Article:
The second woman was Virginia Betancourt, a housewife whose husband had been captured and who found herself as the only woman female member of the Miami brach of the families committee. She ended up typing up the final agreement signed by Castro sealing the release of the brigade members.
When people talk about the Bay of Pigs invasion, Betancourt said, they focus on the defeat on the beach. They havent really heard about what came afterward, how we had to negotiate for the release of these men.
Today, those who negotiated say Castros intention was to force the U.S. to pay millions as punishment for the invasion.
He did everything he could to humiliate the brigade members and make fun of the Americans, Andreu said.
The Kennedy administration, which at first denied involvement in the Bay of Pigs, now found itself in a precarious situation how to win the freedom of the men without openly negotiating for them.
The first effort was the creation of the Tractors for Prisoners Committee which came up with the idea that the U.S. would give Cuba heavy farm tractors in exchange for the prisoners.
Former First Lady Eleanor Roosevelt led the committee, but the idea hit a snag in Congress when members said giving Castros new farm equipment that could be turned into war material was a bad idea.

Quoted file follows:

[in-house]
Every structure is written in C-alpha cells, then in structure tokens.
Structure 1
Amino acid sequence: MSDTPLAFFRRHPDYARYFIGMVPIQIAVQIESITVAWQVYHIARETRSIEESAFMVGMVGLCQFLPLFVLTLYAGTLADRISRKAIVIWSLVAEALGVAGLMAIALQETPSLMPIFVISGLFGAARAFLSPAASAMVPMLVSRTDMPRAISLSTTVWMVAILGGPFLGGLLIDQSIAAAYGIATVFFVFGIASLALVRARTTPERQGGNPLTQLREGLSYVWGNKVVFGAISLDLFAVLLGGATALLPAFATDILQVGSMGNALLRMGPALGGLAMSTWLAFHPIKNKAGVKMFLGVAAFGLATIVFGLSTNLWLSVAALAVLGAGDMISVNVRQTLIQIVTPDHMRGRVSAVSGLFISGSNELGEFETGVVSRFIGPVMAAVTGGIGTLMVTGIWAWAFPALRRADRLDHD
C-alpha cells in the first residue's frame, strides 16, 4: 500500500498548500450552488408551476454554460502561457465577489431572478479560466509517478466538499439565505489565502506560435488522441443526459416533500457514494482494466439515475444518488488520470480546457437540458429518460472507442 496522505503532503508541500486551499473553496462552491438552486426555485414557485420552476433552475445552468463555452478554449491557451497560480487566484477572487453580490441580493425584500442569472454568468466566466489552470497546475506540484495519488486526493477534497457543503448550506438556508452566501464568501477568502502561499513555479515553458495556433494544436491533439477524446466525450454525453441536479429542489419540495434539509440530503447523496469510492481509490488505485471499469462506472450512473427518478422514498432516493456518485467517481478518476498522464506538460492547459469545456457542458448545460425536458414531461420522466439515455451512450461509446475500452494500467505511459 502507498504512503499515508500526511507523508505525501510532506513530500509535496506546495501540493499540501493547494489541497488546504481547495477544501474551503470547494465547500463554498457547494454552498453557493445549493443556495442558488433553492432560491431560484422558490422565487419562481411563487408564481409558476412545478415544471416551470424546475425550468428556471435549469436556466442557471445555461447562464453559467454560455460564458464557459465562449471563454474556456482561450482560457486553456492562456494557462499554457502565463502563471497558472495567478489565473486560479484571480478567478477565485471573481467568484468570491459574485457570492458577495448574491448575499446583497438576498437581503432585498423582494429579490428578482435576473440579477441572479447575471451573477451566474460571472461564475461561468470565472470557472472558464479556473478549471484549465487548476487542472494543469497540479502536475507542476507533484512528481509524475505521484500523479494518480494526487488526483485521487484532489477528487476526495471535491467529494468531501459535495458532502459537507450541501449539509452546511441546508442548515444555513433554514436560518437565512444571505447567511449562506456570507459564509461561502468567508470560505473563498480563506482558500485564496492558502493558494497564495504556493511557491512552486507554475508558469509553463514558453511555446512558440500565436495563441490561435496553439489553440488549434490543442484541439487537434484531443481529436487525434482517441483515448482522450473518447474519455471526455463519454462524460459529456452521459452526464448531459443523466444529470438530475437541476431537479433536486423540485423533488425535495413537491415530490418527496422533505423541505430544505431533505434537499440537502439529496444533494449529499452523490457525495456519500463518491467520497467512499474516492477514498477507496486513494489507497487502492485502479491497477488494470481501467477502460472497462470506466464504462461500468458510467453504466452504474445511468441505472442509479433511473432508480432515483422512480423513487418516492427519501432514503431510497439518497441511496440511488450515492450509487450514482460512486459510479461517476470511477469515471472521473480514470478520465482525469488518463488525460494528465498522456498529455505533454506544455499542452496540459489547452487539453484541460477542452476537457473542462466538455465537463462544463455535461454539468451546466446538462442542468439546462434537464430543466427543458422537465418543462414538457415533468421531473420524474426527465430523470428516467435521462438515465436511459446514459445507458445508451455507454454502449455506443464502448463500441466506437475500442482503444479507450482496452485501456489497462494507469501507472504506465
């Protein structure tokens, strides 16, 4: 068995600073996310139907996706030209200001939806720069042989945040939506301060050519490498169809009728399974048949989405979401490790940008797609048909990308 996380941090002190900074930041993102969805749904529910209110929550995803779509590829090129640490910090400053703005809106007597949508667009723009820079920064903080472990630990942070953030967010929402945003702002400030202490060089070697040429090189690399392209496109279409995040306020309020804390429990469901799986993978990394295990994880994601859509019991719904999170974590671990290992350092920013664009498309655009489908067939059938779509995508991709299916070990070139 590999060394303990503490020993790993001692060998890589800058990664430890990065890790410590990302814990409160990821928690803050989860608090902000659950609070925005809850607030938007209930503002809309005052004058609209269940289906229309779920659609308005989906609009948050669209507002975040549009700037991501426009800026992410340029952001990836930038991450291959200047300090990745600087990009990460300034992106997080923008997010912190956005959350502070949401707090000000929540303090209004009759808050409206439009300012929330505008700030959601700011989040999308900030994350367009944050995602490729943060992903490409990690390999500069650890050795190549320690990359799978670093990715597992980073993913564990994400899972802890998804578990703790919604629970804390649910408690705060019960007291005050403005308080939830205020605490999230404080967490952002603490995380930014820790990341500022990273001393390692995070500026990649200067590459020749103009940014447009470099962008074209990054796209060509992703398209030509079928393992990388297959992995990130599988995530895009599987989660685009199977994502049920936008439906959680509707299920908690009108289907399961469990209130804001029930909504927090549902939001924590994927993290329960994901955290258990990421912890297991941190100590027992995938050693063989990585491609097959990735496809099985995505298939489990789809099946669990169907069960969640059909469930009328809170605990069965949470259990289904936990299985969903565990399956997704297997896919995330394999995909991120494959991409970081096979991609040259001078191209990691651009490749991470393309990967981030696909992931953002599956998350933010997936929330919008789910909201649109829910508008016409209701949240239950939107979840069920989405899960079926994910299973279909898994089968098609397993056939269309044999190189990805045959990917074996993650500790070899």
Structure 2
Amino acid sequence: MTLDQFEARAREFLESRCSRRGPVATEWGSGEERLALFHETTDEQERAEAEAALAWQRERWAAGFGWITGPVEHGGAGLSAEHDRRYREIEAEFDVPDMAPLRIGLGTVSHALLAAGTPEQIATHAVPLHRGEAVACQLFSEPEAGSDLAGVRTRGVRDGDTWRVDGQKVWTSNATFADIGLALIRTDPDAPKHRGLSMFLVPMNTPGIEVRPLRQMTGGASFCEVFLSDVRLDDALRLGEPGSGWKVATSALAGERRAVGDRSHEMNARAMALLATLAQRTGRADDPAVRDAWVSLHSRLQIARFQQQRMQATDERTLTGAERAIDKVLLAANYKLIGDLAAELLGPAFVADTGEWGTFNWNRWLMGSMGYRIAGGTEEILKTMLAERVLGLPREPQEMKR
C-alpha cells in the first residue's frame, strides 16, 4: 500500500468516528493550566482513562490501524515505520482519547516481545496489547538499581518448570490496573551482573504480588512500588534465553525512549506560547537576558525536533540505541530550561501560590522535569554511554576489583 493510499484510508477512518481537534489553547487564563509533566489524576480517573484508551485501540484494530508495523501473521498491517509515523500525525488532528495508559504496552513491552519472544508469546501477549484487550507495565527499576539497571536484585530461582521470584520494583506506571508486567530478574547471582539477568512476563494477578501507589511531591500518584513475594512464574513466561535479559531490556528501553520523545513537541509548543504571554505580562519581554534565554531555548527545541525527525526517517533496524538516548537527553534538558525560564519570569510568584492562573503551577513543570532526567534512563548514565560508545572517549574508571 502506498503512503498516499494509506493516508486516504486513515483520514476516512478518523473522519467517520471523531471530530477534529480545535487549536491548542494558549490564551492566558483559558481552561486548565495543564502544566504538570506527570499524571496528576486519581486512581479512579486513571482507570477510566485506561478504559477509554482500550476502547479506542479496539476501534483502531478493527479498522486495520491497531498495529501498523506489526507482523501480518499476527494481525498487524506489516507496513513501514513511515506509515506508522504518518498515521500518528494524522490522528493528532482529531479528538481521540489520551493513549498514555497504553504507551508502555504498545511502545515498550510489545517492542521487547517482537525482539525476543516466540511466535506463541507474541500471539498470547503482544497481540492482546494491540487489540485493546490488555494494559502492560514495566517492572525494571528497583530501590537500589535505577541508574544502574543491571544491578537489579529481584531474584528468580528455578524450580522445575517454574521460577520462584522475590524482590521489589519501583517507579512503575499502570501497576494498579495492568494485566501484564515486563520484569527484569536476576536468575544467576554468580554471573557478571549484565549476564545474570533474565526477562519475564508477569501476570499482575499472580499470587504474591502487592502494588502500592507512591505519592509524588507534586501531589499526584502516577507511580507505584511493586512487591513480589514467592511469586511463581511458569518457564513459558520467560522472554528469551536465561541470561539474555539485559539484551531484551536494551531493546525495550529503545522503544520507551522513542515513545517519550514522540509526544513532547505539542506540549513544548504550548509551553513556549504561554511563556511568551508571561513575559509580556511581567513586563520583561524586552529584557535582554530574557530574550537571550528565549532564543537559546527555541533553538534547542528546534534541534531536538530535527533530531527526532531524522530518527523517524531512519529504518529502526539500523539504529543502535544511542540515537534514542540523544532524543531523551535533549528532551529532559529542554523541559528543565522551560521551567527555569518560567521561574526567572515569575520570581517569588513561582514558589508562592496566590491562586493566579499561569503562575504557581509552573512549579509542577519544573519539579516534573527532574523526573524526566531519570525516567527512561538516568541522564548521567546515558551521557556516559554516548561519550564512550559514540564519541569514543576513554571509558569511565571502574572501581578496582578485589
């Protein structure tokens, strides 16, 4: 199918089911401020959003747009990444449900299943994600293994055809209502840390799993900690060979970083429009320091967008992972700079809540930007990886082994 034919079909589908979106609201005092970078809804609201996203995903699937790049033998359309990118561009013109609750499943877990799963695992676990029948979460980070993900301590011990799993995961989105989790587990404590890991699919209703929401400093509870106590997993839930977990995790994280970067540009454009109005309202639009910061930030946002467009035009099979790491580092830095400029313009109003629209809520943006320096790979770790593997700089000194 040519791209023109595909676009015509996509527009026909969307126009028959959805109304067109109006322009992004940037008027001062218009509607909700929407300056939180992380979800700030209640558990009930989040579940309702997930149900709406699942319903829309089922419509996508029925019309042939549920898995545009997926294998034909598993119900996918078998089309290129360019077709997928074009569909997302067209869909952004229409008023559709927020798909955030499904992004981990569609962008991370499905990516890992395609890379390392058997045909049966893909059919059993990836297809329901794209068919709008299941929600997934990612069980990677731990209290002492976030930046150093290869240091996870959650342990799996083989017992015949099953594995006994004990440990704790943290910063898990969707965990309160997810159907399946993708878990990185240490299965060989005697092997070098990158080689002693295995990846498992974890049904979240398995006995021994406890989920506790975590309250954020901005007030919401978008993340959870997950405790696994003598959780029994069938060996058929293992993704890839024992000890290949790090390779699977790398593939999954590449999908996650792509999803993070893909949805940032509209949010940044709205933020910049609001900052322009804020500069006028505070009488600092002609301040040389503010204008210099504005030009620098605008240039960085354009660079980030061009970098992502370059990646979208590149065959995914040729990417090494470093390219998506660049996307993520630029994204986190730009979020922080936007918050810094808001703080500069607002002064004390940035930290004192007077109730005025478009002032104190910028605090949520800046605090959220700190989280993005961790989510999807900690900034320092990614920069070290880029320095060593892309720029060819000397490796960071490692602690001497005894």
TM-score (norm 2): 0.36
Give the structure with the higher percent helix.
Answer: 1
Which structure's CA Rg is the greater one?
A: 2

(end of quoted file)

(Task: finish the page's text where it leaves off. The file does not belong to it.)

The Roosevelt committee disbanded and others formed and also disbanded.
By late March 1962, relatives were growing desperate. In Havana, Barreto decided to take matters into her own hands and she had a trump card. Her husband had dated Castros secretary, Conchita Fernandez. She implored him to call her and float the idea that exiles in Miami could raise the millions, her son recalls.
Conchita made my mother write a proposal which she reworded and promised to give to Castros right-hand woman, Celia Sanchez, Perez-Cisneros Barreto said.
At 3 a.m., the phone rang at the Barreto home in Havana; it was Castro. He wanted to know if Barreto could really get him millions for the men.
My mother said she could find a way to get the money. At that time, she had no idea how they would do it, Perez-Cisneros Barreto said.
She contacted members of the Miami family committee and reported her promising talk with Castro; committee member contacted the U.S. government. Enter, James Donovan, a high-powered New York attorney and star negotiator fresh from dealing with the Soviets for the release of captured U2 pilot Francis Gary Powers. Donovan agreed to help the committee pro bono.
In her memoirs, called The Bay of Pigs: A Long & Hard Road to Freedom, Betancourt said the group began making trips to Havana to negotiate. The locale was Barretos home, where Castro would show up to fight over terms with Donovan.
Castro first demanded millions in cash and Donovan who frequently reported back to U.S. Attorney General Robert F. Kennedy refused. Betancourt, who now lives in Las Vegas, remembers Donovan and Castro in heated talks, even arguing about religion. The negotiations were disrupted by the Cuban Missile Crisis but then picked up. Later, she said she found out there had been a plot by opponents in the island to kill Castro at the Barreto home during one of the sessions.
After months of back and forth, Donovan persuaded Castro to accept $52 million in medicine and food supplies which the U.S. government scurried to get pharmaceutical companies to donate. Plans feverishly were begun to make the trade before Christmas 1962.